“In the most significant changes in our policy in more than fifty years, we will end an outdated approach that, for decades, has failed to advance our interests, and instead we will begin to normalize relations between our two countries,” the White House said at the time. “Through these changes, we intend to create more opportunities for the American and Cuban people, and begin a new chapter among the nations of the Americas.”

Nathan Blecharczyk, a co-founder and CTO of Airbnb, recently wrote for Fortune about Cuba’s economy. He said that since Airbnb started allowing listings in Cuba in April, there are over 2,000 rentals available.

“For the first time in decades, authorized U.S. travelers will have the chance to experience authentic Cuban hospitality at homes across the island,” an Airbnb blog post announced at the time. “Despite its proximity to the U.S., Cuba has been off limits to most Americans for over 50 years. Part of Cuba’s appeal to visitors is that it offers an experience unlike anything else.”

Airbnb announced its plan to pay for guests’ stays via Twitter.

It later clarified the specifics of the deal when customers pressed for more information.

MONEY Rentals

Thinking About Renting a Room to Travelers? Here’s What You Need to Know

San Francisco apartment with window views of the bay
Alamy

Take a cautious approach.

Of all the categories shaken up by the sharing economy, few are as transformed as lodging. For travelers, ditching the hotel for Airbnb can be a more affordable way to go. And on the flip side, offering your own home or apartment to vacationers can earn you cash—$100 to $150 a night on average, according to Airbnb, much more in some popular destinations.

That can be fairly easy money. Unless something goes wrong, in which case it can be a disaster. You need to protect yourself from legal and financial risks. Here’s what home sharers should know.

Assess Your Earning Power

If you want to rent out a room in your home while you are living there, you can post an ad for free at Airbnb, which takes a 3% cut of your rental fees, plus an additional 12% to 15% “service fee” from your guest. You set your own price; the site verifies users’ identities and provides guest and host reviews.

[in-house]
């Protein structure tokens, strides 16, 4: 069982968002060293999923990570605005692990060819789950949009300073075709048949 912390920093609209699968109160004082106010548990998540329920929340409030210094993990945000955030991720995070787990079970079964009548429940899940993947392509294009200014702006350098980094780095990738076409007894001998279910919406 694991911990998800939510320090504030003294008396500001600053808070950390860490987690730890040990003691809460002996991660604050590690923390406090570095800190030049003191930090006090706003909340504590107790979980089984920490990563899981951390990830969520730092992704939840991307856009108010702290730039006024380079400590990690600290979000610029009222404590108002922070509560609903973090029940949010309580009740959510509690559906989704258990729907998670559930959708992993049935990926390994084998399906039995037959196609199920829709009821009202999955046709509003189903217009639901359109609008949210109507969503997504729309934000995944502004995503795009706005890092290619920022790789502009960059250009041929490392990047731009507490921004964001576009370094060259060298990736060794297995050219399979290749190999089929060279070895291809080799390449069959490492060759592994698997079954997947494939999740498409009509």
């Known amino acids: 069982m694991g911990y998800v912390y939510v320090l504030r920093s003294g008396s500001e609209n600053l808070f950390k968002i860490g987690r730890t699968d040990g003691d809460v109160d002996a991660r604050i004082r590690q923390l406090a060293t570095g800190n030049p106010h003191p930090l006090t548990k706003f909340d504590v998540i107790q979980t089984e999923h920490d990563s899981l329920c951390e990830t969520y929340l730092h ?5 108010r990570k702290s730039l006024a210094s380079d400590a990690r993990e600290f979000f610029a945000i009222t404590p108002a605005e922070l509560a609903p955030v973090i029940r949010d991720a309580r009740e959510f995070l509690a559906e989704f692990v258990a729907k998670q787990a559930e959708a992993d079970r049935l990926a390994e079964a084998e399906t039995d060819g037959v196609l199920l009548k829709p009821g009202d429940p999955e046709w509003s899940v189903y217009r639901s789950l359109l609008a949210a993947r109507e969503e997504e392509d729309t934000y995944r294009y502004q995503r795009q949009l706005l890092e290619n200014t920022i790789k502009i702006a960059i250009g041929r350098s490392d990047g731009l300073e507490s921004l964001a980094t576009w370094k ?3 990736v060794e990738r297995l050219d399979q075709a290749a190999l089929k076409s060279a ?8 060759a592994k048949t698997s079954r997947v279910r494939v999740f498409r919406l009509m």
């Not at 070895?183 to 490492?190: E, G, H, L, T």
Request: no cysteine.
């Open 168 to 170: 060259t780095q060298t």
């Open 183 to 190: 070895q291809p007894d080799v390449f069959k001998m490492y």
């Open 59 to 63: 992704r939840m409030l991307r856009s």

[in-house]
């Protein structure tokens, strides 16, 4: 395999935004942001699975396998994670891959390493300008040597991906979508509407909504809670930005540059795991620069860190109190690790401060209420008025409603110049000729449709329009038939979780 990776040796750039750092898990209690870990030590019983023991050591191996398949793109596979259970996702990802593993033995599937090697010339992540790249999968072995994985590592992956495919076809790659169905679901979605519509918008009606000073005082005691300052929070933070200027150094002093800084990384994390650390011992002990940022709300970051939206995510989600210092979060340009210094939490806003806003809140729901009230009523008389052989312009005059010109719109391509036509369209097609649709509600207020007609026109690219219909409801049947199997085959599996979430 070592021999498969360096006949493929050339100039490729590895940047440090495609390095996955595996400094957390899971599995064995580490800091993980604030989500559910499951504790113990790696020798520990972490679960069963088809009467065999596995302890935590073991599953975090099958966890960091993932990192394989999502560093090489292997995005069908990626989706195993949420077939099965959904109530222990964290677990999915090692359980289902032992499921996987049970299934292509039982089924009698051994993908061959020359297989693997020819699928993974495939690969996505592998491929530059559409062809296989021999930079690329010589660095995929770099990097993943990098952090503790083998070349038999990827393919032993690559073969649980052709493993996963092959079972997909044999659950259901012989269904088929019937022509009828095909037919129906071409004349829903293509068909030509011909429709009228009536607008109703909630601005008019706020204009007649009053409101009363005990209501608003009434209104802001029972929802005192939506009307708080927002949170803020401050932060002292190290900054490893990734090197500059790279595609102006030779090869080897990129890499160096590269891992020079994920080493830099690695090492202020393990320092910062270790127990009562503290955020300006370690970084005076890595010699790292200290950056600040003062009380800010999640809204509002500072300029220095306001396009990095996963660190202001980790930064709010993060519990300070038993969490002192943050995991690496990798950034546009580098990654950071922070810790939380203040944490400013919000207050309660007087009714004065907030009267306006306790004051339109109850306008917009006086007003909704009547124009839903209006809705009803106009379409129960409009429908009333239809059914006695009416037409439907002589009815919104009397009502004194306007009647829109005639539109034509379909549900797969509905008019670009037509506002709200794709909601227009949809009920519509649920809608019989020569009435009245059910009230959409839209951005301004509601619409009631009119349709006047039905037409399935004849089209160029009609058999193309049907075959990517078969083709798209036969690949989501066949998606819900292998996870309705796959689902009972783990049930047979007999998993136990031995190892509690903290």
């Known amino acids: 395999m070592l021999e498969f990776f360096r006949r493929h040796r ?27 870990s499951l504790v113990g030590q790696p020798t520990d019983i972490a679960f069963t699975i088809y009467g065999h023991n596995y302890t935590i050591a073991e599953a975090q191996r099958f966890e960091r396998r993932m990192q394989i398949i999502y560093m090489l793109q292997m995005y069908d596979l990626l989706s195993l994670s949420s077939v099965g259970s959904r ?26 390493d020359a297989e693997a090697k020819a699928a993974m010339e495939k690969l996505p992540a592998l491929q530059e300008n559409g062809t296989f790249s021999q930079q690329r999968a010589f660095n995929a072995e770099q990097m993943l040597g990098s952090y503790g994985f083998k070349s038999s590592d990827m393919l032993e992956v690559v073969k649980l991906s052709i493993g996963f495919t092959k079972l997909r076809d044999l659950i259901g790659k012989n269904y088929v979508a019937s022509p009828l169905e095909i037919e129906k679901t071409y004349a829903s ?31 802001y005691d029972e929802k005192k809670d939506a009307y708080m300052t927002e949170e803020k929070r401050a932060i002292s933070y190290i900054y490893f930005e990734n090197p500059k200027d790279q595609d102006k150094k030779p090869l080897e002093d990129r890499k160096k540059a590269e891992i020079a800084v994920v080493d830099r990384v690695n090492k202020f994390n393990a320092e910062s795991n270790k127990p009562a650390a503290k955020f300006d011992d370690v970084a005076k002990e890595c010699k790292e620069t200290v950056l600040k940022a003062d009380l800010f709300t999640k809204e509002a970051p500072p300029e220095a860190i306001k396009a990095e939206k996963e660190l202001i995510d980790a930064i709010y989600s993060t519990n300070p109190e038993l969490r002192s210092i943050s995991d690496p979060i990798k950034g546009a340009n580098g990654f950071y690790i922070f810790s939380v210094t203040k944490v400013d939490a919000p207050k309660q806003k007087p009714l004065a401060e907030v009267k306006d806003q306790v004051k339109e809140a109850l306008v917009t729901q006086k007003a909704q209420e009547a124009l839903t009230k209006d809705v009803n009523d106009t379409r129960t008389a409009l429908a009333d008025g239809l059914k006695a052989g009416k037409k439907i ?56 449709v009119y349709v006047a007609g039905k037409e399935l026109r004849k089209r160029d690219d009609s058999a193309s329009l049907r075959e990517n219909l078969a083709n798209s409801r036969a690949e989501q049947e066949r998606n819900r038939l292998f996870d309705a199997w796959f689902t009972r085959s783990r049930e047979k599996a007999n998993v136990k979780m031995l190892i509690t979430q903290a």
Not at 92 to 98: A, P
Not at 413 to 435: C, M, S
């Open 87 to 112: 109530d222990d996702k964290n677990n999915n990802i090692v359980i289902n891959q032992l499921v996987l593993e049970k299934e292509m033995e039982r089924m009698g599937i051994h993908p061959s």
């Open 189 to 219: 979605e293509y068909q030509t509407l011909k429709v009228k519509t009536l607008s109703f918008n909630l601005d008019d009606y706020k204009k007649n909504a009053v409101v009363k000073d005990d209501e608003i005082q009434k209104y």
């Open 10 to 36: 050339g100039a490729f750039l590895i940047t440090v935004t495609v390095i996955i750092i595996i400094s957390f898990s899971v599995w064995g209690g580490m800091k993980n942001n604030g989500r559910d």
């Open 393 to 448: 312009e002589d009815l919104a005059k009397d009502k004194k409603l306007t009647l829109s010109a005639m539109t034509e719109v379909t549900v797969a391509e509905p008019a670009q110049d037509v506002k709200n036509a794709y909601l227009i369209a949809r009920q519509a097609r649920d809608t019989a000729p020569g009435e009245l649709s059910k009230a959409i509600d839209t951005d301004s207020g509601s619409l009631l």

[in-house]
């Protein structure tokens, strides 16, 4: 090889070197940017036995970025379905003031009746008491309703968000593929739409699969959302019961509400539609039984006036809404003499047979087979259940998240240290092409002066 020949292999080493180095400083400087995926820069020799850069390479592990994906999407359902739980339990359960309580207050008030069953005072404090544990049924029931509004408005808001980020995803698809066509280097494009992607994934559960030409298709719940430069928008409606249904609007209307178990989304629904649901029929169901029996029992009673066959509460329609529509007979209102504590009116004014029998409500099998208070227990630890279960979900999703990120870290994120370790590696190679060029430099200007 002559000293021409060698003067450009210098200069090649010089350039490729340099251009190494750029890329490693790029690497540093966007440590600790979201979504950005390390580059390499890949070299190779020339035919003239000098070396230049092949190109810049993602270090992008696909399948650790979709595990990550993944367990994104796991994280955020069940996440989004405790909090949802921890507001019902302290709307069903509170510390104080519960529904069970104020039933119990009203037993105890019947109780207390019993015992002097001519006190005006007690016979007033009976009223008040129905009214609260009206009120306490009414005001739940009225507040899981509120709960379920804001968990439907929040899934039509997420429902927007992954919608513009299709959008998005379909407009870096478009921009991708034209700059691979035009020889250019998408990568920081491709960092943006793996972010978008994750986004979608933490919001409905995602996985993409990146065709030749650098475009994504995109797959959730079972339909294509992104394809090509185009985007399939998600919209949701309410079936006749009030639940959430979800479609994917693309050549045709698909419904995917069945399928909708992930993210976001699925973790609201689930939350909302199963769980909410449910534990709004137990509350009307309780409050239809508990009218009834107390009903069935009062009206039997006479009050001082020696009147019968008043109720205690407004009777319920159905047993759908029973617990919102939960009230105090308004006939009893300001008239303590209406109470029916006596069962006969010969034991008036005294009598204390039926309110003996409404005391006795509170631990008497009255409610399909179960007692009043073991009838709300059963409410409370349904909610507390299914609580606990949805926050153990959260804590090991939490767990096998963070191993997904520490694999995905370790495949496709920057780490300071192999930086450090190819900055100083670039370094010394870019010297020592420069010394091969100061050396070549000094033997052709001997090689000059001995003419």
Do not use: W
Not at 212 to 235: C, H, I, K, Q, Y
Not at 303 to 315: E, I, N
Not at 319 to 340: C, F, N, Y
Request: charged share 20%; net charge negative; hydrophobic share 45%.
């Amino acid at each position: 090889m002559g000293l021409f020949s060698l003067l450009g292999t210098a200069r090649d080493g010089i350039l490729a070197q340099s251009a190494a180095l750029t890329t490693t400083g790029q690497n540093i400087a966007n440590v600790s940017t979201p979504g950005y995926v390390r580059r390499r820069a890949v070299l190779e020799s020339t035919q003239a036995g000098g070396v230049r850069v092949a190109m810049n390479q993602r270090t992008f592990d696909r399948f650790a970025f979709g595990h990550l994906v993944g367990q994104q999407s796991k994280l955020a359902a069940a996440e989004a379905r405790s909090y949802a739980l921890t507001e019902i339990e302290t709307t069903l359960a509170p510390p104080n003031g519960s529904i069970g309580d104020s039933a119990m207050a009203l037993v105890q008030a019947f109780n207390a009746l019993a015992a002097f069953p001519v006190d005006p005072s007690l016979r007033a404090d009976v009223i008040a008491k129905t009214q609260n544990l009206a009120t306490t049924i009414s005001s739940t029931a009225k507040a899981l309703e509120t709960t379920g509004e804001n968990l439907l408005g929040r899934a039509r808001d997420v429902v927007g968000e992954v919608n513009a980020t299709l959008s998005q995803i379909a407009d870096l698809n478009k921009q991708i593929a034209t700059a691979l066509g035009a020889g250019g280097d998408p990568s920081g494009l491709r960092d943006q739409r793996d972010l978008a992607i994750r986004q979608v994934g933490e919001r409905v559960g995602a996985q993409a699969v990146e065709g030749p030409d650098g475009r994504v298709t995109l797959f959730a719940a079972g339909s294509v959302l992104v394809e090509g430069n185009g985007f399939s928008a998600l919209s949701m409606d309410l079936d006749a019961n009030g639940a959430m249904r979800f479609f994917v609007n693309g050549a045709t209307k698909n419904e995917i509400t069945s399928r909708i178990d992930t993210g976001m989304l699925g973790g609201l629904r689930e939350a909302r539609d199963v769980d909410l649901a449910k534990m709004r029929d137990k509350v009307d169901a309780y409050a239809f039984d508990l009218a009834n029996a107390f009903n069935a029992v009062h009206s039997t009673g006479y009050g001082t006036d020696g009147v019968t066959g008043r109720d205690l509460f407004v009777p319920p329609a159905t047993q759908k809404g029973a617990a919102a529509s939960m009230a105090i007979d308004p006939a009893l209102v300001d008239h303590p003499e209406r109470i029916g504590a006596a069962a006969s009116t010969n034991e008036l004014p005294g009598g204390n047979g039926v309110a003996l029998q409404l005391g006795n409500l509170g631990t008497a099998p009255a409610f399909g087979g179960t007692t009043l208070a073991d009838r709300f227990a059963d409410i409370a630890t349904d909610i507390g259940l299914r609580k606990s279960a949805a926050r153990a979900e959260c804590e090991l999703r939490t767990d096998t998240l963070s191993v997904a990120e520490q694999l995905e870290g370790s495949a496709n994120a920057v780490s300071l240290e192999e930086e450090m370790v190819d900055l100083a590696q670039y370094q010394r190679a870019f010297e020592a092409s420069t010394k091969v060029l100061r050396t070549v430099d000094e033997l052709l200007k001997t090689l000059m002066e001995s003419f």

You can also rent your place while you’re away through Airbnb, or through vacation rental sites like VRBO and HomeAway, which charge a flat annual fee of $350 if you’re a regular user, or 10% of each rental if you’re just dabbling.

Understand Your Risk

Depending on where you live, short-term rentals could violate municipal laws or homeowners association regulations. You might be required to pay an occupancy tax or get a special hotelier’s license. (Consult a lawyer or visit town hall to check local rules.) If you rent for more than 14 days a year, you’ll also need to report the income on your taxes.

But those aren’t the big dangers. The worst-case scenario is that a guest burns down your home or gets injured there, in which case your standard homeowners policy may not cover the claim. “So that $2,000 rental fee could turn into losing everything you’ve got,” says San Francisco attorney Tad Devlin, himself an Airbnb host.

Play It Safe

Don’t just rely on the home-sharing site’s standard insurance plan, because the coverage is generally too ambiguous, says David Reiss, research director for the Center for Urban Business Entrepreneurship at Brooklyn Law School. Your existing homeowners policy may cover you for a single rental of less than two weeks, but call to ask.

More than that and you’ll need to switch to a commercial policy, which covers paying guests and typically costs an additional $500 per year, says Scott Wolf of CBIZ Property & Casualty.

Or try home swapping. For a small annual fee, sites such as HomeLink and HomeExchange connect people who want to visit each other’s location; because no money changes hands, you may avoid tax and liability issues. Still, check with your insurer—and of course, you need to be extremely cautious about who you let into your house. As a rule, none of these sites conducts background checks, so do your own by Googling guests and searching their social media accounts.

“Five years from now, the laws and the insurance policies will have caught up with the sharing economy,” Reiss predicts. “For now, though, it boils down to how risk averse you are.”